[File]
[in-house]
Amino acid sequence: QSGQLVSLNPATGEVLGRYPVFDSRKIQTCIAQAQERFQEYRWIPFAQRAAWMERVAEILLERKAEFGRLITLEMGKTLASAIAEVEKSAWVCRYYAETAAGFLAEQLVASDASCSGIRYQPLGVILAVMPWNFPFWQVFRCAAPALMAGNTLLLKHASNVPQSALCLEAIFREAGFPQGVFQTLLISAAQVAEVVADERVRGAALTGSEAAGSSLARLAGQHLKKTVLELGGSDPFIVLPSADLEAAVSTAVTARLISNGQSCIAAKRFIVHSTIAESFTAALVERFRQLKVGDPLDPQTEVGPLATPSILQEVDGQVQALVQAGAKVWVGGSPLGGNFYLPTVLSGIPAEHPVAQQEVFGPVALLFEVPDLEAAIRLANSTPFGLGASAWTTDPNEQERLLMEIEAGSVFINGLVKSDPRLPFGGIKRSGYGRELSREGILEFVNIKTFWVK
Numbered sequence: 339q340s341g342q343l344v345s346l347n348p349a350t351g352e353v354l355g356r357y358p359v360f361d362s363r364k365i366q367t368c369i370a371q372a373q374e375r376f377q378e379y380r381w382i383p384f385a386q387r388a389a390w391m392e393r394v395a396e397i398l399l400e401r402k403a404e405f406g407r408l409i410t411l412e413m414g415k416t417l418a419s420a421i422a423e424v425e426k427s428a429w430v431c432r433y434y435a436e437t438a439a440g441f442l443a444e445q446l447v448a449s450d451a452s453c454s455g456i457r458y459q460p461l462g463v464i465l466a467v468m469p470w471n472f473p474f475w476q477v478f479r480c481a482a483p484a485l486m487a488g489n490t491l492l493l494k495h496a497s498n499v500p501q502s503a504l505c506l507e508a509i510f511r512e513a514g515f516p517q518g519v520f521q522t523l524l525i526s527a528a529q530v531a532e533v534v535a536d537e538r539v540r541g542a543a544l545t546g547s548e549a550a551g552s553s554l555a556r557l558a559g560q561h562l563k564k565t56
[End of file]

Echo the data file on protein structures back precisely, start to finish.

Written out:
[in-house]
Amino acid sequence: QSGQLVSLNPATGEVLGRYPVFDSRKIQTCIAQAQERFQEYRWIPFAQRAAWMERVAEILLERKAEFGRLITLEMGKTLASAIAEVEKSAWVCRYYAETAAGFLAEQLVASDASCSGIRYQPLGVILAVMPWNFPFWQVFRCAAPALMAGNTLLLKHASNVPQSALCLEAIFREAGFPQGVFQTLLISAAQVAEVVADERVRGAALTGSEAAGSSLARLAGQHLKKTVLELGGSDPFIVLPSADLEAAVSTAVTARLISNGQSCIAAKRFIVHSTIAESFTAALVERFRQLKVGDPLDPQTEVGPLATPSILQEVDGQVQALVQAGAKVWVGGSPLGGNFYLPTVLSGIPAEHPVAQQEVFGPVALLFEVPDLEAAIRLANSTPFGLGASAWTTDPNEQERLLMEIEAGSVFINGLVKSDPRLPFGGIKRSGYGRELSREGILEFVNIKTFWVK
Numbered sequence: 339q340s341g342q343l344v345s346l347n348p349a350t351g352e353v354l355g356r357y358p359v360f361d362s363r364k365i366q367t368c369i370a371q372a373q374e375r376f377q378e379y380r381w382i383p384f385a386q387r388a389a390w391m392e393r394v395a396e397i398l399l400e401r402k403a404e405f406g407r408l409i410t411l412e413m414g415k416t417l418a419s420a421i422a423e424v425e426k427s428a429w430v431c432r433y434y435a436e437t438a439a440g441f442l443a444e445q446l447v448a449s450d451a452s453c454s455g456i457r458y459q460p461l462g463v464i465l466a467v468m469p470w471n472f473p474f475w476q477v478f479r480c481a482a483p484a485l486m487a488g489n490t491l492l493l494k495h496a497s498n499v500p501q502s503a504l505c506l507e508a509i510f511r512e513a514g515f516p517q518g519v520f521q522t523l524l525i526s527a528a529q530v531a532e533v534v535a536d537e538r539v540r541g542a543a544l545t546g547s548e549a550a551g552s553s554l555a556r557l558a559g560q561h562l563k564k565t56